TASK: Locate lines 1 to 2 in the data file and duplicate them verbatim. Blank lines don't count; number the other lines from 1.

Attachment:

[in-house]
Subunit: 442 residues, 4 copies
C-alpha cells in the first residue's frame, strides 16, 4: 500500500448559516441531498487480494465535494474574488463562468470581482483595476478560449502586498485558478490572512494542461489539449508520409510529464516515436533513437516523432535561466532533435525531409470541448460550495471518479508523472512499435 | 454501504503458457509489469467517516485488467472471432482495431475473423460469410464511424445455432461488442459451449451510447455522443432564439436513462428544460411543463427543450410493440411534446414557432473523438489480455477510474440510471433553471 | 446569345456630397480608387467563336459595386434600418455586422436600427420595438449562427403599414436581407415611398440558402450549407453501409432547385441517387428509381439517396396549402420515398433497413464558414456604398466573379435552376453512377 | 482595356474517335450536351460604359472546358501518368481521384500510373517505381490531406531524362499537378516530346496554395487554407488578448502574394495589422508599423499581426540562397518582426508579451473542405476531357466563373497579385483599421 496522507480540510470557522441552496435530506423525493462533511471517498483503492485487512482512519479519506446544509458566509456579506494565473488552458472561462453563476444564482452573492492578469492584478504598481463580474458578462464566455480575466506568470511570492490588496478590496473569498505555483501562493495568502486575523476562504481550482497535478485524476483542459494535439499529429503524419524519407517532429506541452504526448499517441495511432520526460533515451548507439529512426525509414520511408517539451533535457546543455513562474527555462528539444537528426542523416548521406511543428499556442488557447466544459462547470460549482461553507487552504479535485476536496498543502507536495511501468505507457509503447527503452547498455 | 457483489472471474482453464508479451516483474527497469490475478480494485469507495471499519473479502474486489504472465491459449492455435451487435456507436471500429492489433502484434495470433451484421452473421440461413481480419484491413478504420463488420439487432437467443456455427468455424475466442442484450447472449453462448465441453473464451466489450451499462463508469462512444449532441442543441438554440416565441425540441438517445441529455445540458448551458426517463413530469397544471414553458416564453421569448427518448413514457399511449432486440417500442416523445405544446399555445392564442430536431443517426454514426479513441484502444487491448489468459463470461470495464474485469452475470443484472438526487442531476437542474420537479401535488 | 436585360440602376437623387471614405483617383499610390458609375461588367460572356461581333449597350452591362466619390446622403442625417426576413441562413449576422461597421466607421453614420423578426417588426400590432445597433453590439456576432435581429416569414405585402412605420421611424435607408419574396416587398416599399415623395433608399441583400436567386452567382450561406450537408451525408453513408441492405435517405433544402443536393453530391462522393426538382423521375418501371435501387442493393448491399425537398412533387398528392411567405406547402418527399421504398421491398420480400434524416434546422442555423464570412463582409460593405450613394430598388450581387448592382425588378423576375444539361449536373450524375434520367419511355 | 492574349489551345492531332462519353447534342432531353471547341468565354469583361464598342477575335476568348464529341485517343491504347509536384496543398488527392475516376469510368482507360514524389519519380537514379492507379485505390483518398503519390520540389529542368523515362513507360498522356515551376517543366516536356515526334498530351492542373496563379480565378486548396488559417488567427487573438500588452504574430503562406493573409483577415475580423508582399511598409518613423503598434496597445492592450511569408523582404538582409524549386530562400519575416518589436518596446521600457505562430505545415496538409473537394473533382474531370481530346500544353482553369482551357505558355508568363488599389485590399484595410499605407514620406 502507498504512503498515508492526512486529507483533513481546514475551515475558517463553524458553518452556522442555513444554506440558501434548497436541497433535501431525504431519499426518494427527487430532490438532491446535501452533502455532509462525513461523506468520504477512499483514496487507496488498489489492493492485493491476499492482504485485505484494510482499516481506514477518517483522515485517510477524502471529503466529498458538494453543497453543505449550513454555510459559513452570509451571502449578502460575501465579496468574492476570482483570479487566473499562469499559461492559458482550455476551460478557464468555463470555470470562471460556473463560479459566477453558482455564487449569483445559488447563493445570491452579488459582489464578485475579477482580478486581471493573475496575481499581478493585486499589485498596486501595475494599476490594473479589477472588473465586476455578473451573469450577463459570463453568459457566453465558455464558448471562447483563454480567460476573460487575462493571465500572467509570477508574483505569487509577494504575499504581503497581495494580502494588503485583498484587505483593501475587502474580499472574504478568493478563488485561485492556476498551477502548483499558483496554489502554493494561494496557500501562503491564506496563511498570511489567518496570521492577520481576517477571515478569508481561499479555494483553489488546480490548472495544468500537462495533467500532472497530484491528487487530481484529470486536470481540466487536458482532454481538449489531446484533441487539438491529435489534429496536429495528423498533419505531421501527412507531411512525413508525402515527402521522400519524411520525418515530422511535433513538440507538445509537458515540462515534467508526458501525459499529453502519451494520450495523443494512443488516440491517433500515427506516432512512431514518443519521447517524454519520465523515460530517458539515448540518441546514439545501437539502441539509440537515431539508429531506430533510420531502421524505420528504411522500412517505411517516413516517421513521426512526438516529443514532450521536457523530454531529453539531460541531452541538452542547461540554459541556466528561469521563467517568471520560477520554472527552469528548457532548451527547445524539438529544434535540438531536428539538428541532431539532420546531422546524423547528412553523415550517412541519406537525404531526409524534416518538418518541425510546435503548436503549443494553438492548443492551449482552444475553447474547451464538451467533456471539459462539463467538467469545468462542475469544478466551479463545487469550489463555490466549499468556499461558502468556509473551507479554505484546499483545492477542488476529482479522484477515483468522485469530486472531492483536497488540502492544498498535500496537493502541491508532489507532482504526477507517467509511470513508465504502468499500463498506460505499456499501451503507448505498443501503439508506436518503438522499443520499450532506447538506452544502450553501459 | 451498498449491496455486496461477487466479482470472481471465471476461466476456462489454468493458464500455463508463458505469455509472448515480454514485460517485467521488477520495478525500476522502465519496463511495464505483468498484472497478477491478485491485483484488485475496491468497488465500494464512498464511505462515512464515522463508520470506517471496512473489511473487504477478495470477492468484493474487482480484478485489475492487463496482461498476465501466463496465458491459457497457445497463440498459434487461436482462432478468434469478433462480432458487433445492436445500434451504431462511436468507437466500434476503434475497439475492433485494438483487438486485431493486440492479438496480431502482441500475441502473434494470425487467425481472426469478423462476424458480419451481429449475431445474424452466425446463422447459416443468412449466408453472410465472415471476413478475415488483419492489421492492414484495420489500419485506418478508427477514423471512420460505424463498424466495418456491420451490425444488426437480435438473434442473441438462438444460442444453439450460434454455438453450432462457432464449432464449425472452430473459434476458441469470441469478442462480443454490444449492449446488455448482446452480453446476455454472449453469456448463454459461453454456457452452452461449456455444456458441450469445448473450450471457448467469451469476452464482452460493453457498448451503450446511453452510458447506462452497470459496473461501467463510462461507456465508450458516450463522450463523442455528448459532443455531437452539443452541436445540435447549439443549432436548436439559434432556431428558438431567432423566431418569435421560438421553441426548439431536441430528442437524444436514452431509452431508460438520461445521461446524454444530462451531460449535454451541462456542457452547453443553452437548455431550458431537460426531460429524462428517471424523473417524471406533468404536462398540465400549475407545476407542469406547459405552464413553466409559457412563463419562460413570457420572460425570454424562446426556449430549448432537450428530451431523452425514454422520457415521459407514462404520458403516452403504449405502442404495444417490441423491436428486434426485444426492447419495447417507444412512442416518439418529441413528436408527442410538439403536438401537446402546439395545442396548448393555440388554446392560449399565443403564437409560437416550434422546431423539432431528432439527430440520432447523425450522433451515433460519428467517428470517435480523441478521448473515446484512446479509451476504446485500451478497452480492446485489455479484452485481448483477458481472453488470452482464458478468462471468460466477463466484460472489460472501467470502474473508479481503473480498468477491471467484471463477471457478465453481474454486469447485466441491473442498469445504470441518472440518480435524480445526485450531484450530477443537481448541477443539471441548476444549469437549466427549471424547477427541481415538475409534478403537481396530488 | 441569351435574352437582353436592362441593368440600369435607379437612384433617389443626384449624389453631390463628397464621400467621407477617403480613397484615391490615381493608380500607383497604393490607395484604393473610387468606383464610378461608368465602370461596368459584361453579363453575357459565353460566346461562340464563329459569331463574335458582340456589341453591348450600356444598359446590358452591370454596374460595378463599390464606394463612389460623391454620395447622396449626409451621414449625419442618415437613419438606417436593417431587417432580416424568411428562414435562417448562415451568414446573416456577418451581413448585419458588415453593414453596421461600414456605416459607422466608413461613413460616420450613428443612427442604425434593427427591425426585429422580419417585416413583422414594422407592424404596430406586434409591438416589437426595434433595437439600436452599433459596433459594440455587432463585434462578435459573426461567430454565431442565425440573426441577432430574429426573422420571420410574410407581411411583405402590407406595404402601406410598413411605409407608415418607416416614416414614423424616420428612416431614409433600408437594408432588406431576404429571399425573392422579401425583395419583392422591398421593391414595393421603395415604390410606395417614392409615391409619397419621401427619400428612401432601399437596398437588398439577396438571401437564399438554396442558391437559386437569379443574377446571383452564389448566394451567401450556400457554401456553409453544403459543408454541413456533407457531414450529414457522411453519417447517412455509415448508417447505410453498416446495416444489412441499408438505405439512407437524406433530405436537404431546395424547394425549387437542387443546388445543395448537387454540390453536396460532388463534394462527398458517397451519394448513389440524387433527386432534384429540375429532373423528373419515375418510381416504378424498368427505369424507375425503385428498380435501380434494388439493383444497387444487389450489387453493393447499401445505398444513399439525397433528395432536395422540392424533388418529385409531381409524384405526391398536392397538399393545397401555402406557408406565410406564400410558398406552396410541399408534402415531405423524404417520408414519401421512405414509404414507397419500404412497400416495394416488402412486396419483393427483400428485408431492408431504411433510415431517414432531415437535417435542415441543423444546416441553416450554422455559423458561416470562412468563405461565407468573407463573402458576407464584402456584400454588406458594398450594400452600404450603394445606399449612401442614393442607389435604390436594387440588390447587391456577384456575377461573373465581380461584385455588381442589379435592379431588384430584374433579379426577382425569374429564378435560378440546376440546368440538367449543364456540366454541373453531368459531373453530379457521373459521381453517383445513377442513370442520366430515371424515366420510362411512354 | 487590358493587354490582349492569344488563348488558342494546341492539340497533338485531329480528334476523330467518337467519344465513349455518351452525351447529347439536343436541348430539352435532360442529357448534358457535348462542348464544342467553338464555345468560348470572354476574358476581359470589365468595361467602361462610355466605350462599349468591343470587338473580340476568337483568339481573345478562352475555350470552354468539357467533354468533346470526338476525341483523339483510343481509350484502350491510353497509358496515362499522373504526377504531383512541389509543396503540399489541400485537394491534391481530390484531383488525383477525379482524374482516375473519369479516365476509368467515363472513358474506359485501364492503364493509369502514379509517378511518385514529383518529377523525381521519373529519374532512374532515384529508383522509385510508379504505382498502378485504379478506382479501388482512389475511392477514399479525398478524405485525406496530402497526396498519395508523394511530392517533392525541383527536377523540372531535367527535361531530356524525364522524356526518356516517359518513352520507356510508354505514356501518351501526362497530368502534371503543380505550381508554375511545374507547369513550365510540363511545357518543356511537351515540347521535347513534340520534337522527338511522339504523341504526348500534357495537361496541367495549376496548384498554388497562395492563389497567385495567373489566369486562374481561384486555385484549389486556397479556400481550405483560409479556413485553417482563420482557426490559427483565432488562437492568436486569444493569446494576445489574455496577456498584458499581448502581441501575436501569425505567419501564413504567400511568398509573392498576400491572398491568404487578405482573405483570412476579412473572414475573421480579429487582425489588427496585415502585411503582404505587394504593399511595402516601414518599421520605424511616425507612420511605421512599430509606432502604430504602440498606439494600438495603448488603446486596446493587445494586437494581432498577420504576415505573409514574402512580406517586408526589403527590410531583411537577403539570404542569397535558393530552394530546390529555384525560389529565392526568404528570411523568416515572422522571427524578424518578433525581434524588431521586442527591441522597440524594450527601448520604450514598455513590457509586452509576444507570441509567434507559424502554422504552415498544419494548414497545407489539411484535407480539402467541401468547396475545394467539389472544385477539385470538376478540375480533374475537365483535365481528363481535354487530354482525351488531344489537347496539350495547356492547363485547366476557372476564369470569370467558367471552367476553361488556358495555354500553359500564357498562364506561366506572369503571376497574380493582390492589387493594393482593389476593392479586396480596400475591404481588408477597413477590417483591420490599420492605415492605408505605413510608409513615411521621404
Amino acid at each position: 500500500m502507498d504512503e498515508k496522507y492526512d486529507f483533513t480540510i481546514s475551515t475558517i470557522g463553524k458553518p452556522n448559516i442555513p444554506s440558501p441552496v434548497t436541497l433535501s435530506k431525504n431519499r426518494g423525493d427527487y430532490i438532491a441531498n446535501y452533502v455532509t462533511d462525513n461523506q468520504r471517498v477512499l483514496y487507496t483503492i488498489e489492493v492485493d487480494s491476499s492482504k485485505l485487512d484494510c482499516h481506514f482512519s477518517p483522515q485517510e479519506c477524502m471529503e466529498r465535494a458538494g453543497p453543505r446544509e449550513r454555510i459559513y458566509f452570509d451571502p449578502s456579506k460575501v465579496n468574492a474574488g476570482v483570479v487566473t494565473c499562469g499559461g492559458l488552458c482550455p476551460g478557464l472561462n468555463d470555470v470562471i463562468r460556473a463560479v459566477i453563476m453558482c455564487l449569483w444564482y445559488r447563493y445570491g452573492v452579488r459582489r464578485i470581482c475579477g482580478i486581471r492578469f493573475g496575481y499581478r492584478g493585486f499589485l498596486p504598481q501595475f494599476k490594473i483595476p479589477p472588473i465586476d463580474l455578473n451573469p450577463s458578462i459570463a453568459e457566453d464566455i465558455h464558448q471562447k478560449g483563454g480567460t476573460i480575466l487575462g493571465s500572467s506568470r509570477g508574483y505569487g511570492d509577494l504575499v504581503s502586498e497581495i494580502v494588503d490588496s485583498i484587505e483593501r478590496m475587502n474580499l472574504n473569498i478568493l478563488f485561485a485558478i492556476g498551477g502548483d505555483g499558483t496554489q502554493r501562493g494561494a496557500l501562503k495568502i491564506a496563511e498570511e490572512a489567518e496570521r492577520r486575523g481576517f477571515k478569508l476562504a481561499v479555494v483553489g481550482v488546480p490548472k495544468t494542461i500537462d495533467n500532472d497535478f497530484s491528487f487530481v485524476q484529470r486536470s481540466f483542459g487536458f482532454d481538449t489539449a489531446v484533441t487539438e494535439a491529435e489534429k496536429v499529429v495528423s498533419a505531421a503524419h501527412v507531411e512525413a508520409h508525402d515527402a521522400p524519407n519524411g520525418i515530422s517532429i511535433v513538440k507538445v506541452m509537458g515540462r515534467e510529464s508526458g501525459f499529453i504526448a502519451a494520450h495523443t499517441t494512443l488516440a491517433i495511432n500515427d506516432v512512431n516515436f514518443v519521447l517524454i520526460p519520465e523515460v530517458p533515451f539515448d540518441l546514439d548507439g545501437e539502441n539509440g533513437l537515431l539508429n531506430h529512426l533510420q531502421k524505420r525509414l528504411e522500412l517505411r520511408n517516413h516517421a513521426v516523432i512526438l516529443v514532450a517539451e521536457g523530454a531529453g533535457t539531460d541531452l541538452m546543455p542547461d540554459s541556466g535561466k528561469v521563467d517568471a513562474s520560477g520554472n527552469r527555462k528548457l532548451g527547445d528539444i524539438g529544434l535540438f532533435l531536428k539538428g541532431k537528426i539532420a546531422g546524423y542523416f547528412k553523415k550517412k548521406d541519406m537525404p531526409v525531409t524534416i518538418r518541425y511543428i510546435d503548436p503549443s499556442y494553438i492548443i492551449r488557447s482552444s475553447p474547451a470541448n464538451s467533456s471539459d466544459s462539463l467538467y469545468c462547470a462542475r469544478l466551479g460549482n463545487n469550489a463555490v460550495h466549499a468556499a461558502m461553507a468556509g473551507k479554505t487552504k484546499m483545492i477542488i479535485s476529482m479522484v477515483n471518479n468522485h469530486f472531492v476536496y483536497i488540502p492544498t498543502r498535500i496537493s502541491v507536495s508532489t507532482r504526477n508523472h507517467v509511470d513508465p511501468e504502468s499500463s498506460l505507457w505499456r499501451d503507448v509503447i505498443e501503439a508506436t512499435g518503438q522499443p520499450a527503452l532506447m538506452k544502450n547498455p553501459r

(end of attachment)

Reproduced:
[in-house]
Subunit: 442 residues, 4 copies